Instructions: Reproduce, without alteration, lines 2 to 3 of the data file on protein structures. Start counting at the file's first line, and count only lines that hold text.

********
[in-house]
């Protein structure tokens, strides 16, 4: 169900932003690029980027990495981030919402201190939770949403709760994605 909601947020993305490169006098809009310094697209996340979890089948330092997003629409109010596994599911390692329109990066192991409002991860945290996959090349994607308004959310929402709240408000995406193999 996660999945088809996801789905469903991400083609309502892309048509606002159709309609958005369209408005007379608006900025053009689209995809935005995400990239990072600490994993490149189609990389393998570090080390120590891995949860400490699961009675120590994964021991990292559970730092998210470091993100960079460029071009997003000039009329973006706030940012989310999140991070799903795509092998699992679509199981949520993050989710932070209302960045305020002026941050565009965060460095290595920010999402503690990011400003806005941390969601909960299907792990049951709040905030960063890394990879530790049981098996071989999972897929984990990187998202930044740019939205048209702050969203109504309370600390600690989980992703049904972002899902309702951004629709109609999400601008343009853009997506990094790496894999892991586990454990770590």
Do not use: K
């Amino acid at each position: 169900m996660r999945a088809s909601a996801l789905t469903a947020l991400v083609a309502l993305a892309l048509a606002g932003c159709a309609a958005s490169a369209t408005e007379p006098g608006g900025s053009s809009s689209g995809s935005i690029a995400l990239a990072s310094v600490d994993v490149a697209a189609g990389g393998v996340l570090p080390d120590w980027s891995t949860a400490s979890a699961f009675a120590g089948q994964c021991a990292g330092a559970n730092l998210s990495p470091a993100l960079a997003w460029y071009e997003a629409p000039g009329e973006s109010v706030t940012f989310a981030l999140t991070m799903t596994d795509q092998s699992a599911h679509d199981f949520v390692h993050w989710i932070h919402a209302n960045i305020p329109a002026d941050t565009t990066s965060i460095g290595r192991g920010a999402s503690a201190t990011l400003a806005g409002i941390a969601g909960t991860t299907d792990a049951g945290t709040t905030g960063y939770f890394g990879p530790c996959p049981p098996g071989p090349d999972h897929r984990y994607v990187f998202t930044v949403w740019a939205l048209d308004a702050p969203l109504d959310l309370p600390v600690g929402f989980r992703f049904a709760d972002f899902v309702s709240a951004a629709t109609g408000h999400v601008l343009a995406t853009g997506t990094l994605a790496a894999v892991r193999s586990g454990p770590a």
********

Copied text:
């Protein structure tokens, strides 16, 4: 169900932003690029980027990495981030919402201190939770949403709760994605 909601947020993305490169006098809009310094697209996340979890089948330092997003629409109010596994599911390692329109990066192991409002991860945290996959090349994607308004959310929402709240408000995406193999 996660999945088809996801789905469903991400083609309502892309048509606002159709309609958005369209408005007379608006900025053009689209995809935005995400990239990072600490994993490149189609990389393998570090080390120590891995949860400490699961009675120590994964021991990292559970730092998210470091993100960079460029071009997003000039009329973006706030940012989310999140991070799903795509092998699992679509199981949520993050989710932070209302960045305020002026941050565009965060460095290595920010999402503690990011400003806005941390969601909960299907792990049951709040905030960063890394990879530790049981098996071989999972897929984990990187998202930044740019939205048209702050969203109504309370600390600690989980992703049904972002899902309702951004629709109609999400601008343009853009997506990094790496894999892991586990454990770590």
Do not use: K